I Like My Pig’s Ears Crunchy! | Foods I Discovered in Riga

To me, food is one of the things that can make or break a trip away. I bet hundreds of thousands of us travellers out there have many a horror story about food they encountered while on holiday. For myself, food in a foreign country has to be local. I want to be able to try traditional cuisines because I feel like it makes my visit more authentic. I feel guilty if I opt for the burger on the menu instead of something more adventurous. The foods I discovered in Latvia are either going to persuade you to my way of thinking or have you believing I’m some sort of a madman!



  1. Pig’s Ears.

Typically when me and my partner are on holiday, we use TripAdvisor to help us decide where to eat. We’ve tried it the other way, where we just walk around the city and pick a place we like the look of. However, this has always ended in arguments so I give in and use the app. MILDA – the restaurant we went to on our first night stuck out at us for being close to our hotel and having really good reviews. Finding the place turned out to be tricky because it is tucked into a little square, which must be a lot busier during peak trading months. When we arrived, there was only the waitress sat alone, she showed us to our table and took our drink orders. It was nice to have the whole restaurant to ourselves. When I opened the menu I was instantly hit with an array of Latvian and Lithuanian dishes. To start we had the sharing platter (top right photo) this had on it a large selection of meats and cheeses. European meats don’t seem to agree with me for some reason – I had the same problem in Budapest. I still gave it a try and ate most of them, they went really well with the cheese and bread and it was authentic so I was happy. That is until.. The pig ears! I knew it was on the menu, which just made me more intrigued to try them. They are those long thin red meats with a white line down the middle (see pic). I picked one up and bravely put it in my mouth. The crunches were almighty! I had to discreetly put it back on the plate and that was the end of that. I’m glad I tried it but never again. I’ll leave it up to you and see if you’re brave enough if you ever visit Latvia.


2. The Main Course

Thankfully our main course was delightful enough to make me forget about the ordeal of the pig ears. I believe it’s a typical Lithuanian dish (see pic under sharing platter) and I would describe it as dumplings stuffed with meat, with potatoes and sour cream to top it off. As well as being interesting to look at, to my surprise it was incredibly tasty and for its size it really filled me up! If you’re wanting to try something authentic then that’s the dish I would recommend because it’s not too overwhelming and you still feel like you have tried a dish from the local area.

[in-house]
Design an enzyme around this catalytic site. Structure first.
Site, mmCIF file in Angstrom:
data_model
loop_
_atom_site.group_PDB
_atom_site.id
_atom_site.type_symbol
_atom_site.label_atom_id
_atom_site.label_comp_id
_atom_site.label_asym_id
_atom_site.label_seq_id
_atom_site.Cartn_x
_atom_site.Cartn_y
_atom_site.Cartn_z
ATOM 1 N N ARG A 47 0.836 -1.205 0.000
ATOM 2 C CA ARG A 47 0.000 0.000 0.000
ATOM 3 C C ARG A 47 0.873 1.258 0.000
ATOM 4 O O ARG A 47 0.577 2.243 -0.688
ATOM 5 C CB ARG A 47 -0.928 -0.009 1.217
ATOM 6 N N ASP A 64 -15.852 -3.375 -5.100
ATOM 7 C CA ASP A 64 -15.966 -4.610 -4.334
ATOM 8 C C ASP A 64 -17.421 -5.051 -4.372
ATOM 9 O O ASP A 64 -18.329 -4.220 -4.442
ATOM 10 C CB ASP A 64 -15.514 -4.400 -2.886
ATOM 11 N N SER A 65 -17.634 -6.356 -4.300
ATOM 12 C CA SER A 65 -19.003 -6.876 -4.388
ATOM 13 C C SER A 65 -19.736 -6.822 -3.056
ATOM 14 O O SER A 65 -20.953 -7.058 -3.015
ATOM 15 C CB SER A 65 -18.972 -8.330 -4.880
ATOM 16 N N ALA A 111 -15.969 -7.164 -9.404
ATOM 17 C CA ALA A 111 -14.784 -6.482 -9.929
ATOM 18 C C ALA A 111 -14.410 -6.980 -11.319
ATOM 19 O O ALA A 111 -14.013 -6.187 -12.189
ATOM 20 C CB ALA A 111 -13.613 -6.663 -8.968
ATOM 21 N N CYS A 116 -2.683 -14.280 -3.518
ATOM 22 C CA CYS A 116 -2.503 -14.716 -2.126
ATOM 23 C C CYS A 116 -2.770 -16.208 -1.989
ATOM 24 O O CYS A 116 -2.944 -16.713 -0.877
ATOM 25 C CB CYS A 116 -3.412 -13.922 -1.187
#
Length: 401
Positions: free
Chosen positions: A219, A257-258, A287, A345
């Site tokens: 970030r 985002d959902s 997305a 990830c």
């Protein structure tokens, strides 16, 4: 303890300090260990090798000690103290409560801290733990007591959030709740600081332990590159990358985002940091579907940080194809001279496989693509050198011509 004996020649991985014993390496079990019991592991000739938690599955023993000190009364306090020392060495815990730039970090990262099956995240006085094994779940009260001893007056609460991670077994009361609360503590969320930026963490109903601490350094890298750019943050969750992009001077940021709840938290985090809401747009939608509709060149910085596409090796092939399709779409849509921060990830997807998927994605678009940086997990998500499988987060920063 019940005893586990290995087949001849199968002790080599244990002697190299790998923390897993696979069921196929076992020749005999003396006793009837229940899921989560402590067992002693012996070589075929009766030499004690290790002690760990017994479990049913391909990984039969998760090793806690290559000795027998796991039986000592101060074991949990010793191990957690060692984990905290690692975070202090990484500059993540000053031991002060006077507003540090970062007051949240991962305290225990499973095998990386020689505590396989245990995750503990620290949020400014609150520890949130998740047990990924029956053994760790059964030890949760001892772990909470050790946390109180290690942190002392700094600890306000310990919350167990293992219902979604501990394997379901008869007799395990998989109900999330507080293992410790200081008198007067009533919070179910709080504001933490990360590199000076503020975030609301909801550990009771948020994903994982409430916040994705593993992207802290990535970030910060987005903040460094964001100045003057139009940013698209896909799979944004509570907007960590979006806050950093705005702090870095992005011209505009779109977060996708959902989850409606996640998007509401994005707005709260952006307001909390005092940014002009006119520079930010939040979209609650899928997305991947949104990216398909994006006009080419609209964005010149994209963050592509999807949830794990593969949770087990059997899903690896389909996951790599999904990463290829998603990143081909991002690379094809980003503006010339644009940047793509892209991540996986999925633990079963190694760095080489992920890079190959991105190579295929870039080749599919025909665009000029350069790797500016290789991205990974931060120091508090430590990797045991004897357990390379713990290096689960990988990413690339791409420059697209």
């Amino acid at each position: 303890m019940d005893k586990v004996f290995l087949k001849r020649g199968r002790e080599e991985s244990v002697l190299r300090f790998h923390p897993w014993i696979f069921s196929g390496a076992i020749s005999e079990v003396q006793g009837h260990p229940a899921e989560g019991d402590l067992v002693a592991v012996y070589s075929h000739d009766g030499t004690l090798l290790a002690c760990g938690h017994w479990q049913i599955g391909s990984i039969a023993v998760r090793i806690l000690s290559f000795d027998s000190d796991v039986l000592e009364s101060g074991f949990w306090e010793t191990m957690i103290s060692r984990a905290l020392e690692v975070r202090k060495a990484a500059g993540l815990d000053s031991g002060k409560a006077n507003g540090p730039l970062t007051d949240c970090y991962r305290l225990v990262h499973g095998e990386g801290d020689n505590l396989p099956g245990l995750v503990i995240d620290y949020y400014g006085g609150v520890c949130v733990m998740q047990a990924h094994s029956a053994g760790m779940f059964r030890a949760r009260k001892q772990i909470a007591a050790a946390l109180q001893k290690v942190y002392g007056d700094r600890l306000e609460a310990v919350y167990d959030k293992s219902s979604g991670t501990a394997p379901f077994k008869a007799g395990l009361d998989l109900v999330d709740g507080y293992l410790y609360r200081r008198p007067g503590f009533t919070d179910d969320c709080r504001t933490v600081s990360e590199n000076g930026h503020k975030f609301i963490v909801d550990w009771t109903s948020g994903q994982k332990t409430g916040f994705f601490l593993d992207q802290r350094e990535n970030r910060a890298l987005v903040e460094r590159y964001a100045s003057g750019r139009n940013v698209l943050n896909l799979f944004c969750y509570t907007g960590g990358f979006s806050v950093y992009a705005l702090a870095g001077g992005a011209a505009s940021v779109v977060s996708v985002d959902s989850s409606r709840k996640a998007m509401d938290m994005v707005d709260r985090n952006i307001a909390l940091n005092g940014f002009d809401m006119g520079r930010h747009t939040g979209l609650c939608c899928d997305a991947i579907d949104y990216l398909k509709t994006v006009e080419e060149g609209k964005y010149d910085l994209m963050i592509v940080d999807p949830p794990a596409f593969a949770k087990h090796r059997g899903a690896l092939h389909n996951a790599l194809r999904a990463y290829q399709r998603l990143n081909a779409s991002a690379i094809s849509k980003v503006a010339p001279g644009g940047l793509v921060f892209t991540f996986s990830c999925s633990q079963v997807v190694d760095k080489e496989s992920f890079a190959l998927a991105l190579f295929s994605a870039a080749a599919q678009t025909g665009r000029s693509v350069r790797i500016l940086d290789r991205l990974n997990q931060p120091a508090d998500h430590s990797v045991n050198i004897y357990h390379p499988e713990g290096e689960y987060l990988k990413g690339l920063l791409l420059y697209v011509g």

3. Riga Balsam

I had never heard of Riga Balsam before I went to the city, but after a couple of days there I’m sure I’ll never forget it. I can only describe it as somewhere between Jägermeister and Covonia cough syrup. It’s tradition to get a shot of it after every meal. Our friendly waitress walked out with two glasses. In one restaurant there was even steam coming from the glasses. I’m not very good with alcohol but I downed it in one to look like I was. There was no need to worry about the November chill outside because it warmed me right up. My partner was making a whole range of facial expressions – I don’t think he liked it. I actually started to grow accustom to the Balsam the more of it I drank and I like how they made a show of it because it’s what they’re known for. If you become a hard-core fan of the stuff while you’re away it’s sold in bottles all across Riga!


That was only the start of our food adventure in Riga, like any other capital city the amount of restaurants and other eateries are endless. There is going to be something for everyone so if you’re a bit scared of the weird and wonderful foods of Latvia you’re not going to starve. However, I do urge you to try them – come on just one little pig’s ear?


Celebrations in Riga | Latvian Independence Day!